Australia to introduce streaming quotas
January 30, 2023
By Colin Mann
The Australian government has revealed plans to introduce requirements for Australian screen content on streaming platforms to ensure continued access to local stories and content in the third quarter of 2023 and to commence no later than July 1st 2024.
The proposal is contained in a National Cultural Policy document which notes that there is an increasing consumer trend away from broadcast and subscription television services to online subscription content. “In 2020–21, for the first time, Australians were more likely to have watched an online subscription service than live or recorded free-to-air television,” it says. “The Australian subscription video on-demand market grew nearly fifty per cent in 2021, with estimated total earnings exceeding A$2.4 billion (€1.6bn). These new streaming platforms are producing some high quality Australian content. However, unlike free-to-air broadcasting services and subscription television, these services have no requirements to make Australian content available on their platforms. The ready availability of mass content produced in other countries, particularly the United States, risks drowning out the voices of Australian storytellers” it warns.
“The Government has committed to take the necessary action so that Australians continue to be able to see and hear quality home-grown content, regardless of which platform they are using. It is important that streaming services invest in key genres, including children’s content, scripted drama and documentaries,” it asserts.
The Minister for the Arts and the Minister for Communications will undertake further consultation with industry in the first half of 2023 on the details of actions to be taken and implementation as part of broader reforms to media legislation.
Trade body Screen Producers Australia (SPA) welcomed the development. “SPA has long advocated for a content obligation of 20 per cent of major streaming platform revenue to be applied to Australian screen stories,” said SPA CEO Matt Deaner. “This will return some of the income generated from Australian subscribers back to the content they want. If done right, this will not only secure our industry but also mark the start of a cultural resurgence in bringing Australian screen stories to audiences here and abroad. That is an incredible legacy to build for the nation.”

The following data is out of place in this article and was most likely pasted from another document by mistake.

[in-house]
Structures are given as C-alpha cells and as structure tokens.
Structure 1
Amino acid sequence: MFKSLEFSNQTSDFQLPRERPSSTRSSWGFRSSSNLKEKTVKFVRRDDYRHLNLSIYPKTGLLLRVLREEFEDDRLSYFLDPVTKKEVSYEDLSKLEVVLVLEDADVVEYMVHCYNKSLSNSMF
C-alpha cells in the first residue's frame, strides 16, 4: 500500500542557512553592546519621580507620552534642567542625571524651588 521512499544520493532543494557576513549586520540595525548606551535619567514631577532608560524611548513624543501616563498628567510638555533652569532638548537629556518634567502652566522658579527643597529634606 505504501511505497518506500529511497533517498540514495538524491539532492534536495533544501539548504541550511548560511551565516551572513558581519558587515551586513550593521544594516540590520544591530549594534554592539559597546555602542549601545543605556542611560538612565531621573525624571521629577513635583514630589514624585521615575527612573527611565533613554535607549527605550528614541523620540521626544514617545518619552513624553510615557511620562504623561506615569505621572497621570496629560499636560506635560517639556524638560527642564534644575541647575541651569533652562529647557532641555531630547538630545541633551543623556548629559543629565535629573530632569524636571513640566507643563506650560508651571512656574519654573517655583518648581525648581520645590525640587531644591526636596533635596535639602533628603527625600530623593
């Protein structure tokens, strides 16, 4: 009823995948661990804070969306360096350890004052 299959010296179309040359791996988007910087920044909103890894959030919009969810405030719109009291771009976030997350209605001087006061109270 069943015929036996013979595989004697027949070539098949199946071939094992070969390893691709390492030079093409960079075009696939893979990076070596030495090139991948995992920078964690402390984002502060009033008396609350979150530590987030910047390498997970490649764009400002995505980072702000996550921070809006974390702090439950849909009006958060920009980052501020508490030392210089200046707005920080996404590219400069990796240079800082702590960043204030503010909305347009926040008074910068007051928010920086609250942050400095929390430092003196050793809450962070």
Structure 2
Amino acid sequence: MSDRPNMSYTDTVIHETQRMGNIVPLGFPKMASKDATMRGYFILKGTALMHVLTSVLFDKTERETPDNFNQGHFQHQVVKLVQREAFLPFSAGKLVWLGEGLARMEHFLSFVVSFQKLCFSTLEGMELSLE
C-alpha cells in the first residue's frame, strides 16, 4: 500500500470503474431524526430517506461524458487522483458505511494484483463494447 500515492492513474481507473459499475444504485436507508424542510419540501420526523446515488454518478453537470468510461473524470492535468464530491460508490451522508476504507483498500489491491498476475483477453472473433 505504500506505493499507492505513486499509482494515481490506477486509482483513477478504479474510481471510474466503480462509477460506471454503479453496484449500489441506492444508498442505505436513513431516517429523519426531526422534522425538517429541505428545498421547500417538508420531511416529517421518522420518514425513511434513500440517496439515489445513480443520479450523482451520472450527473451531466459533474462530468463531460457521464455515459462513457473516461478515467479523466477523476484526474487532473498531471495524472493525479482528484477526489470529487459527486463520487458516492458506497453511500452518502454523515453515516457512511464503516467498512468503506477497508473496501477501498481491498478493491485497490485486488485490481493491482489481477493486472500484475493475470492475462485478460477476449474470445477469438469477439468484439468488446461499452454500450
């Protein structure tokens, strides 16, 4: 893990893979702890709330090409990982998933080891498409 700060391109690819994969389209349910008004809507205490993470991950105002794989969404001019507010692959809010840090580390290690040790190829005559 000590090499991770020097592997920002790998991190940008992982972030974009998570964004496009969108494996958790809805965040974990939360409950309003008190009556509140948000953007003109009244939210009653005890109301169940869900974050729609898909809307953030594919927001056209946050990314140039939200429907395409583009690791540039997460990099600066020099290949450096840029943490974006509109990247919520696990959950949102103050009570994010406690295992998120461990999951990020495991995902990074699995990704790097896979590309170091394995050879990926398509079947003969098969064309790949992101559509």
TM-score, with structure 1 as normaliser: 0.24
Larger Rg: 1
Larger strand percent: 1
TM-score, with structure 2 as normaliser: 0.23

“The release of a new National Cultural Policy is a landmark event for Australia’s creative industries, and SPA congratulates Minister Burke and all involved in the development of this. Arts and culture underpin national well-being and cultural identity. As well as being an important economic industry, they help to build a more compassionate and tolerant society. Culture is the core of our nationhood,” added Deaner.
Under the banner of the ‘Make it Australian’ campaign, this proposal has been widely supported across the screen industry and recommended through the findings in combinations of six distinct Government and Parliamentary reviews, with the most recent 2021 Parliamentary inquiry endorsing a 20 per cent investment.
According to the SPA, a revenue requirement fits well with the fluctuating, on-demand nature of streaming and, at 20 per cent, is consistent with the regulation in comparable nations with strong domestic film industries and cultural heritage, such as France and Italy.
It says the benefit of a legislated obligation is the certainty and confidence it will provide to a high-risk industry and in giving Australian audiences guaranteed access to their own stories and culture, irrespective of business decisions being made offshore in the US. Without regulation, a downward trend in Australian screen stories will be unchecked.
“There’s some critical detail now to be negotiated between industry and government that will affect whether this policy delivers what is needed for Australian screen culture and industry,” continued Deaner. “This includes what is counted as ‘Australian content’ and whether that definition meets the objectives of the new Australian National Cultural Policy and public expectations. Getting this right is no simple matter. There’s a world of cultural difference between Pirates of the Caribbean and The Drover’s Wife (pictured), both of which were supported by Australian taxpayers.”
SPA has also advocated for other important integrity measures, including no double-counting across platforms, with each hour of newly commissioned content to only be counted once between different content platforms and a cap of 20 per cent on how much of a content obligation can be allocated within vertically integrated businesses. As an important integrity measure that will avoid distortions to the value of the investment requirement.
SPA also believe that ownership of intellectual property and rights in Australian screen stories should revert to the creator after a fixed period of three years. This keeps Australian stories under Australian creative control and puts a block on the loss of valuable Australian cultural rights overseas.